When DailyKos publisher and owner Markos Moulitsas demanded that his pollster produce raw data from the polls Moulitsas purchased, he established a principle of election polling transparency that could open up the checkered history of presidential elections in the United States.
The controversy erupted when Moulitsas (kos) fired his polling company. He was unhappy with their results and demanded that his pollster, Research 2000 (R2000), turn over raw data for review. Moulitsas said:
"Early in this process, I asked for and they offered to provide us
with their raw data for independent analysis -- which could potentially
exculpate them. That was two weeks ago, and despite repeated promises to
provide us that data, Research 2000 ultimately refused to do so." kos
When R2000 either refused or delayed (there's disagreement on that), kos took their actions as a sign of "fraudulent polling practices" (from the kos lawsuit). DailyKos published a searing criticism of R2000 and the National Council on Public Polls supported kos in his demand that R2000 release the raw polling data. Blogger Nate Silver of FiveThirtyEight.com and the New York Times supported kos, as well.
The request by kos is well justified. He'd paid for the polling. Like any customer in this type of arrangement, he had a right to the product of the work done in his behalf.
Reviewing the basis for the polling results, particularly the raw data and the analytic methods, could answer two key questions: 1) were the polls actually conducted and 2) did the techniques used meet the professional standards of other polling organizations.
The president of R2000, Del Ali, defended
his polling and denied any and all accusations of improper
conduct: "Every charge against my company and myself are pure lies,
plain and simple, and the motives as to why Kos is doing it will be
revealed in the legal process and not before that." Some of the
criticisms of R2000 polling methods have been answered by independent
analysis at RichardCharnin.com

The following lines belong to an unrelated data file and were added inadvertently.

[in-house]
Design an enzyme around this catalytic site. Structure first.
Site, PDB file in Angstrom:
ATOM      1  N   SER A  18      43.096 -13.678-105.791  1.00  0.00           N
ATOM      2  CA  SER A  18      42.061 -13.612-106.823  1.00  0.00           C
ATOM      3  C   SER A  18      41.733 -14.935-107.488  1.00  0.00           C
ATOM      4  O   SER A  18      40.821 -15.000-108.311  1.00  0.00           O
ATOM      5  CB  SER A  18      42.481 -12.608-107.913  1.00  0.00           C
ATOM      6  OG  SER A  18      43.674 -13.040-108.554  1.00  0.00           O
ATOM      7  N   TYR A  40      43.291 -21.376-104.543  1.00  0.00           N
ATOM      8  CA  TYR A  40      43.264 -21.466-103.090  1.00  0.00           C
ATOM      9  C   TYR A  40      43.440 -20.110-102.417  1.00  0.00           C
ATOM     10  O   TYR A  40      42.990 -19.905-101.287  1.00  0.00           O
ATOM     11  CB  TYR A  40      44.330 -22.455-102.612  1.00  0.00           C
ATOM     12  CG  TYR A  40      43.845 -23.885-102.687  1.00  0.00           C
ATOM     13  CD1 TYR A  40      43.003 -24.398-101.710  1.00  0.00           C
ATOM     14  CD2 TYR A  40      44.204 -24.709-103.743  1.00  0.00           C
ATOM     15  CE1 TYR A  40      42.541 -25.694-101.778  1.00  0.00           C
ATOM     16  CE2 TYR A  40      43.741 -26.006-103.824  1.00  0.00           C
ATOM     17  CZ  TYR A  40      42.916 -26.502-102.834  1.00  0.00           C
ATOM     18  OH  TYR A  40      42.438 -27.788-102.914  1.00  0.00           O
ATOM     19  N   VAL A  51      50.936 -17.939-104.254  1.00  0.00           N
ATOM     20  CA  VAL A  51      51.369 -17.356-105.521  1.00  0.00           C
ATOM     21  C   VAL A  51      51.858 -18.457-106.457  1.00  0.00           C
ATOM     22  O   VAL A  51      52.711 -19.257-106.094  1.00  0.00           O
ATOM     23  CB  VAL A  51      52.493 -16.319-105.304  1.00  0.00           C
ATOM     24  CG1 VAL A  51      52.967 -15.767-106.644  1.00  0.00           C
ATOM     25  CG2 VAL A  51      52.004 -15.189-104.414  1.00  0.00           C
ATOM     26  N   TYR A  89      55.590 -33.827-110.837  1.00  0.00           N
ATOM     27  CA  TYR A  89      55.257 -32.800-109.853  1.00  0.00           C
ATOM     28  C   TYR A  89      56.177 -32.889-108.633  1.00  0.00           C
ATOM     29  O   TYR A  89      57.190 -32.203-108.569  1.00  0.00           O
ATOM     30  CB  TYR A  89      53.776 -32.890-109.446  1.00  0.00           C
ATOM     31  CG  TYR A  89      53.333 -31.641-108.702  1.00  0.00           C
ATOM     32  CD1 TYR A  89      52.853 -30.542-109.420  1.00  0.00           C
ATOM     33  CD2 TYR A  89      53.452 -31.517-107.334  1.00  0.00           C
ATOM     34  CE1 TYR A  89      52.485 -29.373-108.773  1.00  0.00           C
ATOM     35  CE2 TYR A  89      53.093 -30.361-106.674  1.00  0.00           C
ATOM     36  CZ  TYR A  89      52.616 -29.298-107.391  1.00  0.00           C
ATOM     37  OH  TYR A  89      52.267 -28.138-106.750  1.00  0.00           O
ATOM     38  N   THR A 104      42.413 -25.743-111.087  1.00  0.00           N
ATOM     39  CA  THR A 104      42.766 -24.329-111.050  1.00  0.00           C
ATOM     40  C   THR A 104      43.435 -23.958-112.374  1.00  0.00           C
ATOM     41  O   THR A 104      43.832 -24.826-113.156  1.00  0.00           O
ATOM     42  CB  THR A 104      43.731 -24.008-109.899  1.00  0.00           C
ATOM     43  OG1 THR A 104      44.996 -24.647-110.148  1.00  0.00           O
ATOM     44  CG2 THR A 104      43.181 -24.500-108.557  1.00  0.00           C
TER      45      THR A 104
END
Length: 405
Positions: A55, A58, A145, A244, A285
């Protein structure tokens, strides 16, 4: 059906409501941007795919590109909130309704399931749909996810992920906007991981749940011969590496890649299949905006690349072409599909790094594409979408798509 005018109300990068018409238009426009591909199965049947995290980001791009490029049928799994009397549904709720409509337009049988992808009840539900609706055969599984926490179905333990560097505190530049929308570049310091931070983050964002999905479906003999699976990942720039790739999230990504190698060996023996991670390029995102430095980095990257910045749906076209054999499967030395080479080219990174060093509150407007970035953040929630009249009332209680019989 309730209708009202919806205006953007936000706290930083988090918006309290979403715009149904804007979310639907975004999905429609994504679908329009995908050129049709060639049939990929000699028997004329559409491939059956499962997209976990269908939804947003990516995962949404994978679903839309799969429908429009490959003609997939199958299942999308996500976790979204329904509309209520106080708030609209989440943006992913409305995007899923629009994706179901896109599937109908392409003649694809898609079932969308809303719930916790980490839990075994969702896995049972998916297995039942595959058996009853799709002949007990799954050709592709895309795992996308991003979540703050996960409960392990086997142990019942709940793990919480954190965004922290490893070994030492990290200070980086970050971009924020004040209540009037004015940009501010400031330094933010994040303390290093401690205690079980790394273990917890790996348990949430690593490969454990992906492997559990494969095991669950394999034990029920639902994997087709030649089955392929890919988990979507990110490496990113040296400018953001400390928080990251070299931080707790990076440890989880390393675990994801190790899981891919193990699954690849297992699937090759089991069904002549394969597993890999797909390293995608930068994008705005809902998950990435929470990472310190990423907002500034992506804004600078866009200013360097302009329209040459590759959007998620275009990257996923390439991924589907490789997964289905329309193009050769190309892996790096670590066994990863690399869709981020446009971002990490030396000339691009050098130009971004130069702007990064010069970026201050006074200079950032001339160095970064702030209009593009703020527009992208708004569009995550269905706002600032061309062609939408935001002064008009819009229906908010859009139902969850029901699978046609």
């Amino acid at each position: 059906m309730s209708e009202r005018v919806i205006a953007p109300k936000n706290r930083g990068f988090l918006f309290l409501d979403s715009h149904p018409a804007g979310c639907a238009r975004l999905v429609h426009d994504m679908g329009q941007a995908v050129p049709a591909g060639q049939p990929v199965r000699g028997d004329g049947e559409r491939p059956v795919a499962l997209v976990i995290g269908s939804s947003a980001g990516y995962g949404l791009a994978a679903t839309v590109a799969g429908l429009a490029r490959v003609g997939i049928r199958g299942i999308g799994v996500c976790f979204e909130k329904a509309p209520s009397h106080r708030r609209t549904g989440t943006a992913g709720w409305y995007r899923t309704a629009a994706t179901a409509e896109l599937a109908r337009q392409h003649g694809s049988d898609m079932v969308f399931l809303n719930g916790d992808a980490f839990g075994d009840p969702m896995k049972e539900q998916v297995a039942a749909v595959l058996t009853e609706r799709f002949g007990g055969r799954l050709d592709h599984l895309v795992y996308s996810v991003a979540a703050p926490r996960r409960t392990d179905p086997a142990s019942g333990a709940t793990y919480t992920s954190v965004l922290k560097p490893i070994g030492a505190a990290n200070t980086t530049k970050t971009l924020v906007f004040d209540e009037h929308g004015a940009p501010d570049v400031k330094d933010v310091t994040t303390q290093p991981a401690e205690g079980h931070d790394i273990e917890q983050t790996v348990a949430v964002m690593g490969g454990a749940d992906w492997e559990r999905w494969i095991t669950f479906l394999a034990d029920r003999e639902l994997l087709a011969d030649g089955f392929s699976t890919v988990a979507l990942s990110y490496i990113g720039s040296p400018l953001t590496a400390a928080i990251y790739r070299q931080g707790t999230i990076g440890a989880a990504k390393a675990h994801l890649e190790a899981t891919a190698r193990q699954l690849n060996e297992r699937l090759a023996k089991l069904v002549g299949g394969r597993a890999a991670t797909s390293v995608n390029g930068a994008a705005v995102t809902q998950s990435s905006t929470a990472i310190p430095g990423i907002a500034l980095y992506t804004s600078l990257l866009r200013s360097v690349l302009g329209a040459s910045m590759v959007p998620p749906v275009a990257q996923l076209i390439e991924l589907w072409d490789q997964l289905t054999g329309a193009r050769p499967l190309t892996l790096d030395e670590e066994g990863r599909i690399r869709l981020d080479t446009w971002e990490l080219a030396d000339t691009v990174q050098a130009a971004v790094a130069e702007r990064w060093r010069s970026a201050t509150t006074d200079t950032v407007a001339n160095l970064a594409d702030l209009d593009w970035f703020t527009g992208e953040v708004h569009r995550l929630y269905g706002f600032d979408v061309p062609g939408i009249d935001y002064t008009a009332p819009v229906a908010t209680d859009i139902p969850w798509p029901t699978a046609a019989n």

We don't know how the law suits will turn out. But without much doubt, the raw data will be released at trial or during the discovery phase.
But there is a much bigger case for releasing raw polling data, one that has a profound impact on our history as a nation. That raw data, requested time and again, is the polling data from the 2004 National Exit Poll, sponsored by a consortium of mainstream media organizations (Associated Press, CNN, ABC, NBC, CBS, and Fox).
The Other Raw Data - Election 2004
The 2004 election was marred with controversy throughout the country. Florida and Ohio received the most attention. Had Democratic candidate Senator John Kerry won Ohio, he would have achieved an Electoral College victory. This had an enduring impact on public confidence in the 2004 presidential election. By September 2006, only 45% of registered voters surveyed were "very confident" Bush won election "fair and square."
The situation in Ohio was so questionable, an ad hoc congressional hearing was held to examine the irregularities. Current House Judiciary Committee Chairman John Conyers (D-MI) led the congressional delegation. He presented his findings in the report, Preserving Democracy: What Went Wrong in Ohio.
Conyers made requests for the 2004 exit poll raw data but was turned down (Congressman wants 'raw' exit poll data). Without that critical raw data, the results in Ohio and nationwide could not be fully reviewed and analyzed.
Others including Richard Charnin (TruthIsAll) in (Proving Election Fraud), Michael Keefer, Mark Crispin Miller, Steve Freeman, and the Election Defense Alliance provide compelling arguments to question 2004 and subsequent election results (see Landslide Denied, 2006). But like the Rep. Conyers and his 2004 inquiry, they were not allowed to review raw exit poll data from 2004.
At the root of any demonstration of election fairness or fraud is an examination of the raw data and methodologies used by the mainstream media's hand picked polling. This is the only national data that we have. The results of the exit polls are presented after statistical analysis but without full access to the analytic methods used or the actual raw data gathered
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